Television was the first format to break free from these easily contrived modes of plot progression to usher in today’s “Golden Age” of programming. Series like The Wire and Deadwood proved that when used sparingly, along with serious devotion to character development and period-awareness, action is only a means to an end, and not the end itself. Fans flocked to these series week after week, analyzing every second because it all seemed to truly matter. The inception of Netflix ushered in a new way to watch these massive stories — the marathon. Forget waiting seven days to find out what Walter White is cooking up in his RV, fans who missed the series on television were able to plow through the series in a matter of days. Going beyond “syndication,” Netflix and Amazon’s creation of original programming meant that entire seasons were dumped on the Internet in a single moment, to be available in whatever order or schedule the fans’ demanded. Transparent, Arrested Development, House of Cards and the ever-increasing number of others were available for consumption immediately (and in their entirety); the “season” had, in effect, been transformed into a single episode stretching for hours at a time. Through these marathon stretches on their couches and computer chairs, fans demonstrated a perfect, even ravenous, willingness to sit and watch a single narrative pan out for upwards of ten hours (Breaking Bad‘s final season was nearly 12.5 hours long). Why then, should this not be possible for film?
Cinema on a truly massive scale can offer so much more than a brief counterpart. Subtle inclusions of detail, minutely-articulated characters and the endless opportunity for sub-plotting may create a vast sense of realism that can be frighteningly palpable for something supposedly artificial. Masterpieces like Masaki Kobayashi’s The Human Condition and Claude Lanzmann’s Shoah use their gargantuan run times to contemplate massively complex subjects without plowing over the minutiae of the worlds in which they take place. Through vastly different experiences (and completely different styles), the films nonetheless leave viewers in a state of emotional shock, owing in large part to a total immersion in the subject. Upwards of ten hours, these films capture events — terrible, world-changing events — on a scale that makes comprehension of the heinous acts somehow attainable, albeit distantly. Conveying a sense of feeling that would otherwise be impossible with a shorter run time (and, as some would argue, with different directors), these films are emotional endurance tests, pushing audiences to the limits of empathetic response. Moving us beyond the point of tears to somewhere just past abject grief is something only a few films ever achieve, and yet the elaborate brilliance of these mammoth undertakings seem to push viewers even further.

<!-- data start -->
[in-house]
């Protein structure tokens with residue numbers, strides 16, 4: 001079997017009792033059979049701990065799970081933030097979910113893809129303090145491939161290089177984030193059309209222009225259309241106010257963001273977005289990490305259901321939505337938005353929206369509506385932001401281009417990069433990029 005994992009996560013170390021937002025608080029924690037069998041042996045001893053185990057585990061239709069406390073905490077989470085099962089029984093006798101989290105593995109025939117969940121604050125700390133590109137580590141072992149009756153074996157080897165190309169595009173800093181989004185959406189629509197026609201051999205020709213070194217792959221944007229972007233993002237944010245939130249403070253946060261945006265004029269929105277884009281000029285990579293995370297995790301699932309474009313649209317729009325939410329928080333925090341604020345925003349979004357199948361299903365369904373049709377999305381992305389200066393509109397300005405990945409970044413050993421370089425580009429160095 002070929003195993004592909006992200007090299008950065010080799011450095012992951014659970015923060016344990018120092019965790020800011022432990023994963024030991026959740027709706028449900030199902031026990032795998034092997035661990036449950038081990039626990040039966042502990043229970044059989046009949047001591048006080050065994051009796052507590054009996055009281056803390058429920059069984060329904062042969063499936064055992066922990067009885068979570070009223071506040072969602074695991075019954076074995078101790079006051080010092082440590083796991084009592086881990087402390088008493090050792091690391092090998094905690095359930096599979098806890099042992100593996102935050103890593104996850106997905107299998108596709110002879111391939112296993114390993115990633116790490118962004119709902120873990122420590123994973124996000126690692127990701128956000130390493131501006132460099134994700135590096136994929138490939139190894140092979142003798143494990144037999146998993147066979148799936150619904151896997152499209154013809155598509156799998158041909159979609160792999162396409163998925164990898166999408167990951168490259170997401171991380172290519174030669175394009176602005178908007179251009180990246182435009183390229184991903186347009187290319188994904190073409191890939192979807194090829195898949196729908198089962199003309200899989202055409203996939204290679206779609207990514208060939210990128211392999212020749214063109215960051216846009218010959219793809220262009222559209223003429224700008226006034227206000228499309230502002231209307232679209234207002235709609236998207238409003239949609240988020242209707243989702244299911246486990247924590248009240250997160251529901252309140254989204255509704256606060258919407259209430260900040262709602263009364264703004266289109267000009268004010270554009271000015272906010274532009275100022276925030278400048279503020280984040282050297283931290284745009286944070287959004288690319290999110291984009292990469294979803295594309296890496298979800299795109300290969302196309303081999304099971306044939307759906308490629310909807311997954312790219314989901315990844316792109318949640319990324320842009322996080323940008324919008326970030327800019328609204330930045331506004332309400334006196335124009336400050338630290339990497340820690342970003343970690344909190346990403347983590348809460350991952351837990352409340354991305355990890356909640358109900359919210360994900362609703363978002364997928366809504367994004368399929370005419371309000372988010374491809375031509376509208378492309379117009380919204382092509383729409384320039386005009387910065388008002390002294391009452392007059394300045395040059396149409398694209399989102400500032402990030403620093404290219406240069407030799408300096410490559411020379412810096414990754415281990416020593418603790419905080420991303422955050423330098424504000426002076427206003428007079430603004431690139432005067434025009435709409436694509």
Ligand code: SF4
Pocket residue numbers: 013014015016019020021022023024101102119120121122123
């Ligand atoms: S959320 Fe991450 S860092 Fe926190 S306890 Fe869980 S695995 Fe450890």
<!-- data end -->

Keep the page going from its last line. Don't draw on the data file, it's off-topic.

Fantasy and adventure epics like Lawrence of Arabia and The Lord of The Rings trilogy make strong cases for the financial and critical potential of lengthy cinematic projects. Staggering creations of vision and purpose, T.E. Lawrence’s or Frodo Baggins’ journeys would be drastically undermined if shortened to suit an arbitrary attention span. Any of the streaming giants could take a sprawling story filled with action (perhaps one of THESE), and instead of making it a television series with diminishing artistic and critical returns (House of Cards), they could compose a singular piece of cinematic brilliance. The enduring significance of miniseries like Roots or Band of Brothers make an irrefutable case for expansive human stories that are told methodically and with the gravity they deserve.
As studios scramble to artificially recreate magic from previous monetary triumphs, and television lengthens hit series to squeeze out every last ratings point, subscriber-based networks (alongside directors like Nuri Bilge Ceylan, Abdellatif Kechiche, Lars von Trier and other visionaries) are positioned to be the epic’s last hope. In a culture so widely obsessed with immersion in our video games, online interactions and favorite shows, the need for wholly-enveloping cinema (beyond 3D/4D gimmickry) seems plainly evident. At its best, film allows viewers to see the world through another person’s eyes, and to live for a fleeting moment in somewhere unexpected and beautiful, so wouldn’t it be wonderful if the purity of that moment could last a just little bit longer?
Jordan Brooks (@viewtoaqueue) is an increasingly-snobby cinefile based out of London, England. As a contributor to several online publications, including his own blog, he has succeeded in fulfilling his life long dream of imposing strong opinions on others.